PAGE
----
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close this bookEnvironmental Handbook Volume II: Agriculture, Mining/Energy, Trade/Industry (GTZ, 1995, 736 p.)
close this folderAgriculture
close this folder28. Plant protection
View the document1. Scope
View the document2. Environmental impacts and protective measures
View the document3. Notes on the analysis and evaluation of environmental impacts
View the document4. Interaction with other sectors
View the document5. Summary assessment of environmental relevance
View the document6. References

5. Summary assessment of environmental relevance

Plant protection measures must be assessed within the context of the overriding goals of plant production, taking into account site-specific conditions as well as economic and socio-economic factors. The substances and forms of energy used in plant protection may have adverse impacts on humans, flora, fauna, foods, animal fodder, soil, water and air. Measures to control harmful organisms affect the diversity of species as well as the population density of individual species and have impacts at system level (biocoenosis).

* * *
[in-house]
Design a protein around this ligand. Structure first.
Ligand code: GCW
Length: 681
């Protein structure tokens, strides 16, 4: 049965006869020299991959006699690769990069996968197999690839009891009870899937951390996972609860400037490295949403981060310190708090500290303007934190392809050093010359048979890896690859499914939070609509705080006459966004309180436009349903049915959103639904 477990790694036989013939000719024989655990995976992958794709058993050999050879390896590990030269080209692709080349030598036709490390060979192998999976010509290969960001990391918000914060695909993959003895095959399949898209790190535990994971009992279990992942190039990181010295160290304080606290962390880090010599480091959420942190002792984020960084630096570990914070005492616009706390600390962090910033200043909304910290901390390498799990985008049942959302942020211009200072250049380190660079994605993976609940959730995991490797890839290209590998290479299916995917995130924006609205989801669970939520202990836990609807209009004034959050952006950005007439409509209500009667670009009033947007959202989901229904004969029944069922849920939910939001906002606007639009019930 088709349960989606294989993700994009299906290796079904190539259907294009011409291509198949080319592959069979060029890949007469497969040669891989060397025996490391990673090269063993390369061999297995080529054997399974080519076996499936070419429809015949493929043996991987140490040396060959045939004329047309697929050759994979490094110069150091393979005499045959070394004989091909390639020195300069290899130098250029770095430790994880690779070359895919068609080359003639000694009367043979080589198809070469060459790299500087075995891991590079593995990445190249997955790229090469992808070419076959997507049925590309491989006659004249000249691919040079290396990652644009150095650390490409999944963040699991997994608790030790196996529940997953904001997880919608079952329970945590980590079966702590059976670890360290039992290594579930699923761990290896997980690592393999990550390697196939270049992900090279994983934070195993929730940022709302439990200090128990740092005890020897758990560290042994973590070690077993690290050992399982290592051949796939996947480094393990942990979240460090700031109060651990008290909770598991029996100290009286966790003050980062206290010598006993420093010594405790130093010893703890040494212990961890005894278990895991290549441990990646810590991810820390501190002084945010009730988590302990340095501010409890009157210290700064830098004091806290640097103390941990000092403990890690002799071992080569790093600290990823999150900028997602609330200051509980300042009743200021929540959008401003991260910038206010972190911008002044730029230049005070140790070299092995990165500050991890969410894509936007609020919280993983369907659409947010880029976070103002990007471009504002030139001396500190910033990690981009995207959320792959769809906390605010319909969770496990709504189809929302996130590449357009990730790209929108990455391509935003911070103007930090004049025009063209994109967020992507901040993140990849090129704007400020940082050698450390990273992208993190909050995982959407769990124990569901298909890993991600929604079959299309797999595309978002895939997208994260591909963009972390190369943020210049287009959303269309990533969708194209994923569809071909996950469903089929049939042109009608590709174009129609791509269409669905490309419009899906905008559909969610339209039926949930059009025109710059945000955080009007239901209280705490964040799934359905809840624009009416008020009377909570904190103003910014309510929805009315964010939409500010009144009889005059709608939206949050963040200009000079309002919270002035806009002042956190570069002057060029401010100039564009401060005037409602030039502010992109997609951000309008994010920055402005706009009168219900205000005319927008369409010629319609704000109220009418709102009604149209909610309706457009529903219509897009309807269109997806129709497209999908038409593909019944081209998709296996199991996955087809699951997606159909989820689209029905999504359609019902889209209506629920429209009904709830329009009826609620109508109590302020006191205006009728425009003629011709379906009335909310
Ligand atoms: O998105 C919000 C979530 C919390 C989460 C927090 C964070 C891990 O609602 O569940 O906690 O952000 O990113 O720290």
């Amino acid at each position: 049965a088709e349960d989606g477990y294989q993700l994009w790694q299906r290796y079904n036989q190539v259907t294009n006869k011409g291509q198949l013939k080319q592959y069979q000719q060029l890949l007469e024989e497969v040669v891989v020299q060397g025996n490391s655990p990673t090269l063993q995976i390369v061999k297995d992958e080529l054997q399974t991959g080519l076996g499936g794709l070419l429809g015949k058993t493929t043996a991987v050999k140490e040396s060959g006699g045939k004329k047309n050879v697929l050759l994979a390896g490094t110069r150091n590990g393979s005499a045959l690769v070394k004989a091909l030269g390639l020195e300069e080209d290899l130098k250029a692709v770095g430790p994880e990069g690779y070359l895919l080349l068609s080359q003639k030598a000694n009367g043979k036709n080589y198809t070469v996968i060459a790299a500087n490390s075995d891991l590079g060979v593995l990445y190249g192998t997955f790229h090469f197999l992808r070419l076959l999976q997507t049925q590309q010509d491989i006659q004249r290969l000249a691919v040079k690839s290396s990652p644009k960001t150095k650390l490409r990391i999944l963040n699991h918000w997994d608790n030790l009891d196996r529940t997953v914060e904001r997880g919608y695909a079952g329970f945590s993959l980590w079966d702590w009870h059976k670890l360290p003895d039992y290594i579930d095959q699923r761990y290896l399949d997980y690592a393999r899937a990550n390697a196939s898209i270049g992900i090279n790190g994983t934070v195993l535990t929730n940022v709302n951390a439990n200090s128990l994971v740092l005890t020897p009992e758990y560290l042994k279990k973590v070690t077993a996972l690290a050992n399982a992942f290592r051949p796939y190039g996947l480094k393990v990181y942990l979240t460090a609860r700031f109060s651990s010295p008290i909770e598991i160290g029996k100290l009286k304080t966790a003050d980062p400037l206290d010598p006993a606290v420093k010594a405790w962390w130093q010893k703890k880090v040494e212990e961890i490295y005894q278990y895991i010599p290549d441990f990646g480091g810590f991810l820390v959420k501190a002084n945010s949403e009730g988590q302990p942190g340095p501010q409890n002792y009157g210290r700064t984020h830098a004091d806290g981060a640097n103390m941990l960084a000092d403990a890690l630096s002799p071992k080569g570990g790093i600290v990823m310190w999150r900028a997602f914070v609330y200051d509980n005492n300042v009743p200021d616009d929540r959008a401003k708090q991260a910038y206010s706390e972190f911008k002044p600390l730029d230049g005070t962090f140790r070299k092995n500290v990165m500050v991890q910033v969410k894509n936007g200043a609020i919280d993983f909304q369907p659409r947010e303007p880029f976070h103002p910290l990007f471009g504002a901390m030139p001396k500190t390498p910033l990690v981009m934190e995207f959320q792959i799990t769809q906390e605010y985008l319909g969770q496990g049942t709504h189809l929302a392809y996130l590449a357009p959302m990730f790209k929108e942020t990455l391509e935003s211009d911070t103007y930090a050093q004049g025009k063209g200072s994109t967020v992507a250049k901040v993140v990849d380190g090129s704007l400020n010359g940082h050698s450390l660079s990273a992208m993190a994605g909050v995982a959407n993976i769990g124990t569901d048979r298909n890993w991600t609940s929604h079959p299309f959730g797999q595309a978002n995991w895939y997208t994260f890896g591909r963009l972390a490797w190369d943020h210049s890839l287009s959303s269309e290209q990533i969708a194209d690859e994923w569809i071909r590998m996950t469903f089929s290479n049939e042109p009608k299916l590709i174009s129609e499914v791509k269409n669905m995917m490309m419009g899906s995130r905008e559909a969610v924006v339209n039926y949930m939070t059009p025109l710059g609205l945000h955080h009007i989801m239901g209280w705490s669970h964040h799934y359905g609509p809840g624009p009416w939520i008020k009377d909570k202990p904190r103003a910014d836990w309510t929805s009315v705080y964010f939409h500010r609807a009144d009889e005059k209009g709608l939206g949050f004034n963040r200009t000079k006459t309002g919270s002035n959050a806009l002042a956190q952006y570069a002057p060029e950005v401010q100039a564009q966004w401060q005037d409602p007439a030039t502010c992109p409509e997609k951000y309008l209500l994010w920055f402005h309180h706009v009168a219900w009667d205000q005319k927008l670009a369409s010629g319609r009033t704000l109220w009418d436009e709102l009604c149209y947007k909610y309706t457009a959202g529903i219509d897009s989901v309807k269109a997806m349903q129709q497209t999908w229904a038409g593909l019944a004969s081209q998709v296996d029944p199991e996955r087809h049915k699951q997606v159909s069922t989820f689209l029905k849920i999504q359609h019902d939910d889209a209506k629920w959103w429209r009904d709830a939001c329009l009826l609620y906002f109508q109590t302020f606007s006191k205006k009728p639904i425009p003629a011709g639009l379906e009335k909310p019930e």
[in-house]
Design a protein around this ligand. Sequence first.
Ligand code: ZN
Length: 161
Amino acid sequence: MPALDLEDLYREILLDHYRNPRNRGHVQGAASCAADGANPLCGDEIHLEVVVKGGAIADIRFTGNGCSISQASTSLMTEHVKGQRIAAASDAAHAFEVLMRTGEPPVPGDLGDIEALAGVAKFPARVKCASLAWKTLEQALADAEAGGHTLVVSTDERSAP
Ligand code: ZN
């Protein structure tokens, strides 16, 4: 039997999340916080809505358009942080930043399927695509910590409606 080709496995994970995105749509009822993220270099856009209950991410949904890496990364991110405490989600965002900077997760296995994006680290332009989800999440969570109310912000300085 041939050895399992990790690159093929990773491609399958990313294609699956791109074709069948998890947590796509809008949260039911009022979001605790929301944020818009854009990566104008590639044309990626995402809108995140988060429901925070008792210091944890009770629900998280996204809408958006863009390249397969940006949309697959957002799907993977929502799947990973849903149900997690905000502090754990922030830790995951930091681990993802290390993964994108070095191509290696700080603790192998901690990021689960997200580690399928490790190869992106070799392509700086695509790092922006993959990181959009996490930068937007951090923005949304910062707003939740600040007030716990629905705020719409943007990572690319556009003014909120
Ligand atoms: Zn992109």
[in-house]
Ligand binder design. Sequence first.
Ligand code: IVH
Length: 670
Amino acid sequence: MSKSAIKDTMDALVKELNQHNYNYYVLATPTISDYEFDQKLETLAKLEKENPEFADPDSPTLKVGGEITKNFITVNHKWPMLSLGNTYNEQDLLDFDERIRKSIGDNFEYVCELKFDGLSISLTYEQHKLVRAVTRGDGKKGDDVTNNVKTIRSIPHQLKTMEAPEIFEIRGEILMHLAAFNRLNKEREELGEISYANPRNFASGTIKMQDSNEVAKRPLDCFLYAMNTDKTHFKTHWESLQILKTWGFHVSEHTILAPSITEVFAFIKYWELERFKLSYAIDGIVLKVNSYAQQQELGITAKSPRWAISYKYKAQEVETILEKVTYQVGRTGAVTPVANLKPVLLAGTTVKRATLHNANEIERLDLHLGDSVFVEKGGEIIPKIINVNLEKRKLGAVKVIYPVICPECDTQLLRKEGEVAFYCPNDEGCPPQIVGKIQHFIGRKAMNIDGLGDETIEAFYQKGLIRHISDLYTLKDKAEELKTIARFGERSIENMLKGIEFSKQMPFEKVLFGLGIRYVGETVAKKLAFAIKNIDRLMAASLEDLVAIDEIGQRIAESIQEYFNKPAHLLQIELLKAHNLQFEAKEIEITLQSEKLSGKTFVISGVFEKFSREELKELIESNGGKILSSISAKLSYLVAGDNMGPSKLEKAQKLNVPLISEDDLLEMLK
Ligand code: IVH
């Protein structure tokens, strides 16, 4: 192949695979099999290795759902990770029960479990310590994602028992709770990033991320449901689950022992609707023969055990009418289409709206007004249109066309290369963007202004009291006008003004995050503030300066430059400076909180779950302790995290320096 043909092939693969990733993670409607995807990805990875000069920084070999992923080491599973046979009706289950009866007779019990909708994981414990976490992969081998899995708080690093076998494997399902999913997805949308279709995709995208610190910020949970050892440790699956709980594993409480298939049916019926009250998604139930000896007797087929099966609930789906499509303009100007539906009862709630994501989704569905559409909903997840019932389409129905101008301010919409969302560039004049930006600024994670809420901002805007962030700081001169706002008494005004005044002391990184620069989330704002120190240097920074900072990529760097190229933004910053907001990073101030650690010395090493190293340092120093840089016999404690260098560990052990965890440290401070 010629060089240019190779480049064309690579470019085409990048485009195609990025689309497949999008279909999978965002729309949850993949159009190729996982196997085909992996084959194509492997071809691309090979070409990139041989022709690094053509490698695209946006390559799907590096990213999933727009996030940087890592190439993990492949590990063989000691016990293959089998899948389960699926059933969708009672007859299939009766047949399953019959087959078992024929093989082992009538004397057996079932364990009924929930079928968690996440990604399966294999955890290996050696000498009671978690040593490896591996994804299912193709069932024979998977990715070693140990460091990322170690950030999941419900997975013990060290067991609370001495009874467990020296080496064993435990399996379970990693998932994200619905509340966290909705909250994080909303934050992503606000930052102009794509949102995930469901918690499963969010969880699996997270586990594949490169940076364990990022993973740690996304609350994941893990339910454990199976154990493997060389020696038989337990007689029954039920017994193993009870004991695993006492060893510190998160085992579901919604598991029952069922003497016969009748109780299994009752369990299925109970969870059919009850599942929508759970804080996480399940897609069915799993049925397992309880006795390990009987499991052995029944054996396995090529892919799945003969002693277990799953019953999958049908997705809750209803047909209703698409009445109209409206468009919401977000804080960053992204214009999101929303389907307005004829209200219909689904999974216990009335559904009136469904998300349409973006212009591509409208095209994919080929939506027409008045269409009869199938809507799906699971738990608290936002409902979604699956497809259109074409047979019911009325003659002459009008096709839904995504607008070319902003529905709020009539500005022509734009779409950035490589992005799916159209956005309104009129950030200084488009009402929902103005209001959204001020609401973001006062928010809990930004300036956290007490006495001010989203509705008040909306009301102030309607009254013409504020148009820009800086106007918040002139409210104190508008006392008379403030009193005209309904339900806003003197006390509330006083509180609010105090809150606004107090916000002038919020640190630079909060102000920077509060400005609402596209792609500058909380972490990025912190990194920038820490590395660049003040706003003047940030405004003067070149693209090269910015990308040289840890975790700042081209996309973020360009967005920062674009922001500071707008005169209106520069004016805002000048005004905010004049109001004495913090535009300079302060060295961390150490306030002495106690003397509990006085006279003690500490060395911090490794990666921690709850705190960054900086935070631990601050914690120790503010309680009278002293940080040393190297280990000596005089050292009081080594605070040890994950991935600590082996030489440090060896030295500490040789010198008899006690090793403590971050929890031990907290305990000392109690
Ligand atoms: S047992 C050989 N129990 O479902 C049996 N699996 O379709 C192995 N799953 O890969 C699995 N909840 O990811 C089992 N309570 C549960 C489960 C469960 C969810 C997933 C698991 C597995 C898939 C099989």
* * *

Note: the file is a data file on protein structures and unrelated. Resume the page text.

Numerous options are available in terms of plant protection methods. Analysis and evaluation of their environmental impacts should lead to selection of methods which are comparatively environment-friendly, thereby ensuring that undesirable or unjustifiable impacts are avoided.

Environmentally oriented plant protection strategies are characterised by targeted fostering and use of ecosystem-specific natural limiting factors, backed up by other measures from the wide range of physical, chemical, biotechnical and biological methods.